5. Science writer Graham Lawton has an article in the New Scientist Net zero has taken the world by storm in a rare climate win .

    He charts where the world was a year ago wrt to zero net emissions by 2050 and where it is now.

    A year ago it was marginally held and had a tenuous grip on the public mind.

    Now it is everywhere. He talks about ‘tipping point’ as a concept in climate science. Then:

      More recently, though, the tipping point concept has found a new application in climate science as a way to explain, and possibly engineer, social change. The way changes in attitude creep along at a glacial pace before suddenly bursting forth to take root across society is a classic tipping point. This process is useful because it moves ideas that were once on the fringes of mainstream opinion rapidly to the centre; ideas such as the need for deep economic and technological changes to avoid a real-life climate disaster movie.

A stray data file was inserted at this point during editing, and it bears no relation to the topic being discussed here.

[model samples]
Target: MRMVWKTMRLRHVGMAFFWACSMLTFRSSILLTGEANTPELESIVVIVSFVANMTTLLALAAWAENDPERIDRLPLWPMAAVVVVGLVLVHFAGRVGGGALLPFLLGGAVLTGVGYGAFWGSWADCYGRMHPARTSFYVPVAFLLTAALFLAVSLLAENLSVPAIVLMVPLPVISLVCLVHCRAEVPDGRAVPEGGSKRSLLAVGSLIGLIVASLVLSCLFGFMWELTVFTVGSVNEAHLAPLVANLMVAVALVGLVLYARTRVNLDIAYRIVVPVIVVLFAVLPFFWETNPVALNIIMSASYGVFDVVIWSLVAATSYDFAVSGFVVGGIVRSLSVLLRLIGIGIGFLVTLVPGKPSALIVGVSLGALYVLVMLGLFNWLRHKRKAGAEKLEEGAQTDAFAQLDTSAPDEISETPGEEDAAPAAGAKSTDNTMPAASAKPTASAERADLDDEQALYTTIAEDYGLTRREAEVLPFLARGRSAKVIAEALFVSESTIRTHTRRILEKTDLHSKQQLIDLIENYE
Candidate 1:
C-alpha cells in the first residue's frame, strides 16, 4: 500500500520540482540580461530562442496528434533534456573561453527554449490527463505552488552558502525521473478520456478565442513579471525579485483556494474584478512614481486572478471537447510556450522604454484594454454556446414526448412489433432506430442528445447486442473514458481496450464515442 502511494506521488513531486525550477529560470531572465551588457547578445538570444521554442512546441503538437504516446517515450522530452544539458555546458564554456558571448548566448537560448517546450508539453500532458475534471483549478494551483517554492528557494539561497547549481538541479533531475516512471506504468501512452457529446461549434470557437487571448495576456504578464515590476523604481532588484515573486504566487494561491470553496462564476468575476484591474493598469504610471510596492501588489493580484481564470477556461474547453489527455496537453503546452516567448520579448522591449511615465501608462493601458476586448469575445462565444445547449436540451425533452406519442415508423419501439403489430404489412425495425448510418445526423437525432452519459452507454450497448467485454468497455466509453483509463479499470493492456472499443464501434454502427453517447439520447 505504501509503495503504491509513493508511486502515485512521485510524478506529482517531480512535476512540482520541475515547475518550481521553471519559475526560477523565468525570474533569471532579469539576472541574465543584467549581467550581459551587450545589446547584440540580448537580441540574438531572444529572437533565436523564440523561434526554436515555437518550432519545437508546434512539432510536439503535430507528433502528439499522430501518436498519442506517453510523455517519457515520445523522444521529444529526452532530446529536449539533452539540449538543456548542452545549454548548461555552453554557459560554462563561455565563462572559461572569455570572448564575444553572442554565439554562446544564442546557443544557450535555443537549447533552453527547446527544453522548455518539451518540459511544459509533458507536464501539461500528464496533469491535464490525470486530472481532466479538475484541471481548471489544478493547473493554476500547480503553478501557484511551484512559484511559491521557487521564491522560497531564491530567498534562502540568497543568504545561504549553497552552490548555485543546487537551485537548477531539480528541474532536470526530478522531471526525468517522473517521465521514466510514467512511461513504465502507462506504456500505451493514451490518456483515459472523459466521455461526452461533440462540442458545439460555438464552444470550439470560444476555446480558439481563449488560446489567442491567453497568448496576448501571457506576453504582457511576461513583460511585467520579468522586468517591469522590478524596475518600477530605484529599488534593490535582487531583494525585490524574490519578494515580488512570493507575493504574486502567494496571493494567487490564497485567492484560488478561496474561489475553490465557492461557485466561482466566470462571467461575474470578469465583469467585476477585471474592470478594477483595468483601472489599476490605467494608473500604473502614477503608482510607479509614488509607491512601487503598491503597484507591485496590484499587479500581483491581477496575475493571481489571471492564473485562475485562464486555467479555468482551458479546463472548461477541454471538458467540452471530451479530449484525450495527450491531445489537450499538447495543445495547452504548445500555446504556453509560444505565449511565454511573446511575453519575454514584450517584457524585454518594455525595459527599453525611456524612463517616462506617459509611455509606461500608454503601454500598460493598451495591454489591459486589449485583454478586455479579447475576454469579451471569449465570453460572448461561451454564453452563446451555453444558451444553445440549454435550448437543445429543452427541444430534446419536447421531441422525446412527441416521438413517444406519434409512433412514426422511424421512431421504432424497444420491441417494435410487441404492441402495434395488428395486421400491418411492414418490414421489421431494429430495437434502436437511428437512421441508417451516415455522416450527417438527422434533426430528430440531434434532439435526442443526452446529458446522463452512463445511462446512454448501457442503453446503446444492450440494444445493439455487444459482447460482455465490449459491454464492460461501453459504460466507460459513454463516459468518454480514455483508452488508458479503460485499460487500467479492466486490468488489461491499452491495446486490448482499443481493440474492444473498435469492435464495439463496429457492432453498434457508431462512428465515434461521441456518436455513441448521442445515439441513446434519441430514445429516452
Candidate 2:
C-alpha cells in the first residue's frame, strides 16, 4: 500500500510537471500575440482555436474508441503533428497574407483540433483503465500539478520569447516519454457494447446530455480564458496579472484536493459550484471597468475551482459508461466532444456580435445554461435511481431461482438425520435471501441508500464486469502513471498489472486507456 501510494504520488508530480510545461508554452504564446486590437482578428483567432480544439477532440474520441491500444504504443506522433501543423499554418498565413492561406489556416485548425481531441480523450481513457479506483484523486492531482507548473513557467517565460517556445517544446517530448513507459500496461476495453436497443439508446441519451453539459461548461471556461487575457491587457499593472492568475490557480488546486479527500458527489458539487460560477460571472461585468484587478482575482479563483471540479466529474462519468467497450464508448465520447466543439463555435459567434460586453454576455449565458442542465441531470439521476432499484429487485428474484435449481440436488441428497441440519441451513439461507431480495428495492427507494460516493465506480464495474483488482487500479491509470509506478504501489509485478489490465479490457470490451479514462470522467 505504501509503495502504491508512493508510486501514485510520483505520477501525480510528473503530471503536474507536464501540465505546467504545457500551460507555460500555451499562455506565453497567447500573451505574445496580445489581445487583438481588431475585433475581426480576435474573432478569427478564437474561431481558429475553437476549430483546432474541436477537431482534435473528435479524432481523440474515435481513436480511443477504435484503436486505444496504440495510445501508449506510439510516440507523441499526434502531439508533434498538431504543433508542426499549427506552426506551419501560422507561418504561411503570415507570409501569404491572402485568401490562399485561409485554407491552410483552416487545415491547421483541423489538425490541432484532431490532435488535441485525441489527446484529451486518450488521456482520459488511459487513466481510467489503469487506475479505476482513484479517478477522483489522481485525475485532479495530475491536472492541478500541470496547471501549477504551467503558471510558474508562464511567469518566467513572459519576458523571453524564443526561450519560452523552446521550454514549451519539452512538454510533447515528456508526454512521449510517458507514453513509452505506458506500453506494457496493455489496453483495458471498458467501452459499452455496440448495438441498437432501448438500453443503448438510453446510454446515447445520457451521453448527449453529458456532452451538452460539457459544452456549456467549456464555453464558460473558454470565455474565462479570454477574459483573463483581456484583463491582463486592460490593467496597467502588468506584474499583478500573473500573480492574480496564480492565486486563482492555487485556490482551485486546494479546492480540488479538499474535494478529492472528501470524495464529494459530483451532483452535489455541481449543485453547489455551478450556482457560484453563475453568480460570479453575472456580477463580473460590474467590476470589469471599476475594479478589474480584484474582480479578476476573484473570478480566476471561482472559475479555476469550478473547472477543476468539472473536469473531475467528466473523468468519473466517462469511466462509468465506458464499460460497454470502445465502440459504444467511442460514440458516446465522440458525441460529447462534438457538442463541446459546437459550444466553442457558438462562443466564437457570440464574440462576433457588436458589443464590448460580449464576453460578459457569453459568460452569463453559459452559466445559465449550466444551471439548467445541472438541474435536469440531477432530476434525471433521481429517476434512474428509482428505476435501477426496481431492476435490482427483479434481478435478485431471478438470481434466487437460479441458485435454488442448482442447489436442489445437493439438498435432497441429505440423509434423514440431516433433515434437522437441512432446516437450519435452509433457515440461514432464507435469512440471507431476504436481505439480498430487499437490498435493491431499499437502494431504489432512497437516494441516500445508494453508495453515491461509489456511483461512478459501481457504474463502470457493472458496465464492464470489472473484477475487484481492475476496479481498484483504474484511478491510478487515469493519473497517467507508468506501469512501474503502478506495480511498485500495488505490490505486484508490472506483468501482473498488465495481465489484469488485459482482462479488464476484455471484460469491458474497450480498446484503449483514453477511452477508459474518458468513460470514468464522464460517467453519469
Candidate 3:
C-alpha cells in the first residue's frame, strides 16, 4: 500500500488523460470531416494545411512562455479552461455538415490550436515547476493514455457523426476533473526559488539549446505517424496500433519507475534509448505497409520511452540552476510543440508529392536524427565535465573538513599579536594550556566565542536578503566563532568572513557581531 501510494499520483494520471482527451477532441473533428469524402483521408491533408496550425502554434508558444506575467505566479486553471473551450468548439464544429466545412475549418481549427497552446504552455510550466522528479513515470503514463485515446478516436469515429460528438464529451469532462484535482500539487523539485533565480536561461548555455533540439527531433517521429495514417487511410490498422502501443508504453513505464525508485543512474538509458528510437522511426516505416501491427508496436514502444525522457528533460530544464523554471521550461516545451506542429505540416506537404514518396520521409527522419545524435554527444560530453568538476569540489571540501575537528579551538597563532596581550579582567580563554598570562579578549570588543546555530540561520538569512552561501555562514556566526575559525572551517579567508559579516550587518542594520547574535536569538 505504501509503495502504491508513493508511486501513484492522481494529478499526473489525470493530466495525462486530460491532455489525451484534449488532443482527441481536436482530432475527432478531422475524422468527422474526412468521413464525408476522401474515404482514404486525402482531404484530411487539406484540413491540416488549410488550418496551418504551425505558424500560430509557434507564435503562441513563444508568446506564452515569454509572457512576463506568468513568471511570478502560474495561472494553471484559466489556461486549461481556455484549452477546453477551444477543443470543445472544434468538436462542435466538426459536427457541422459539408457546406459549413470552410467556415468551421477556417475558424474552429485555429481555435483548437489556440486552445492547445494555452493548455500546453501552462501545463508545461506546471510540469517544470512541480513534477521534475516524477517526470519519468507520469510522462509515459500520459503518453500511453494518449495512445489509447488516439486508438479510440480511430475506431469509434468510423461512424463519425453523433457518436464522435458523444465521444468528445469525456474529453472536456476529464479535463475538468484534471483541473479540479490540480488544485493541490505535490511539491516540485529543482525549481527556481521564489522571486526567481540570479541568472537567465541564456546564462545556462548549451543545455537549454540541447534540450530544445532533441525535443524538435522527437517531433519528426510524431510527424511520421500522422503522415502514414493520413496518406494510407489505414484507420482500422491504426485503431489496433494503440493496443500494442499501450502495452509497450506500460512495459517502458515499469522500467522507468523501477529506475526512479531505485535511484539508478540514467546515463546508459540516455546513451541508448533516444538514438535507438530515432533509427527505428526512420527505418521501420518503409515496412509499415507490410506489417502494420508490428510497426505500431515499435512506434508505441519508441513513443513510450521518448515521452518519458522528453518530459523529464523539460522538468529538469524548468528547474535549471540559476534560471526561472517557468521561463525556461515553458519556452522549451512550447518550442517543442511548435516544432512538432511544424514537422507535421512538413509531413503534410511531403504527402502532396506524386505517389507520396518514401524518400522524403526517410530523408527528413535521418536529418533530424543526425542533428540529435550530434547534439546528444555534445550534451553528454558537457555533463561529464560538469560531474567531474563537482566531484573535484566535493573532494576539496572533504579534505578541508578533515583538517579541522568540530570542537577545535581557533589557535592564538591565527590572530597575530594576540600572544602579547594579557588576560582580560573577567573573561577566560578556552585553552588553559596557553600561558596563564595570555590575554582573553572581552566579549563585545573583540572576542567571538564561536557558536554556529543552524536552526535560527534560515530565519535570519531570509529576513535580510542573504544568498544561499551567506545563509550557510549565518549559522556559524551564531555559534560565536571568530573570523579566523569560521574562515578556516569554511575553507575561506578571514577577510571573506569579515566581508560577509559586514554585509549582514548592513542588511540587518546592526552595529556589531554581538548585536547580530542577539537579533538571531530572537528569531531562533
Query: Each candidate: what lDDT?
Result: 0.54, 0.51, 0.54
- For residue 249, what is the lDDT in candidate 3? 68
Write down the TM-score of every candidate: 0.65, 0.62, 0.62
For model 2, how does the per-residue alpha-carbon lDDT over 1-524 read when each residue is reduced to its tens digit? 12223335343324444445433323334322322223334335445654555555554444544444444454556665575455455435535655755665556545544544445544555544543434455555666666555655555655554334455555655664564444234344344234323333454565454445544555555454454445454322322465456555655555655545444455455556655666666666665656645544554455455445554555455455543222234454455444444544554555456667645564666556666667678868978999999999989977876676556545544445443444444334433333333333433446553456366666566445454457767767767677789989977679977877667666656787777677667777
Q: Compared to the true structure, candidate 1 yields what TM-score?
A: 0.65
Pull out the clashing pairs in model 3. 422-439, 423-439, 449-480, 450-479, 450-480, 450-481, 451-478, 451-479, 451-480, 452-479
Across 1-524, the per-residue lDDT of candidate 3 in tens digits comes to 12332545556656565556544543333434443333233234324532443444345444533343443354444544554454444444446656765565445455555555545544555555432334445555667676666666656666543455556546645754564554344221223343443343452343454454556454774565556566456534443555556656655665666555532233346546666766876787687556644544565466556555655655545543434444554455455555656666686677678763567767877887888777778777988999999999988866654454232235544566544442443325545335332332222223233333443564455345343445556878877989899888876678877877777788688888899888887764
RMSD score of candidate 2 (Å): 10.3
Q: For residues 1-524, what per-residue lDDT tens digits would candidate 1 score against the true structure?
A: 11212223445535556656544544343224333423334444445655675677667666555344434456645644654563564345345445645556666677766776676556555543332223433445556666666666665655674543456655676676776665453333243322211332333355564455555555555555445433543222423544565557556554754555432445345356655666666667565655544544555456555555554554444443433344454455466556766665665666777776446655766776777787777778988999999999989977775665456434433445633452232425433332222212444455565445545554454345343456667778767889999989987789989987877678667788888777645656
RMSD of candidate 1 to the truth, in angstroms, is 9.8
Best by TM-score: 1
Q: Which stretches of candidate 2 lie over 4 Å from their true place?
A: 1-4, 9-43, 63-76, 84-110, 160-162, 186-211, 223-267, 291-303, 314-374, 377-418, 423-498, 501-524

Whether by accident or design, we recently passed one such social tipping point. In narrow terms, it is the sudden, widespread embrace of net zero. In broader terms, it means final realisation from all levels of society that we must take radical action or face dire, possibly terminal, consequences.

    That’s progress.

  6. Thanks, bilb. Forward looking, but still short-term in terms of our baked in commitments to warming, sea level rise, tipping points, multi-centuries and such.

  7. That is my point, Brian. As far as Labor thinking goes it is “we’ll rethink health and education (again), and do complete rework of workers and LBGTQ rights, we’ll talk about the economy and do another grant scheme for first home buyers,… and then we’ll begin negotiations on a carbon pricing mechanism.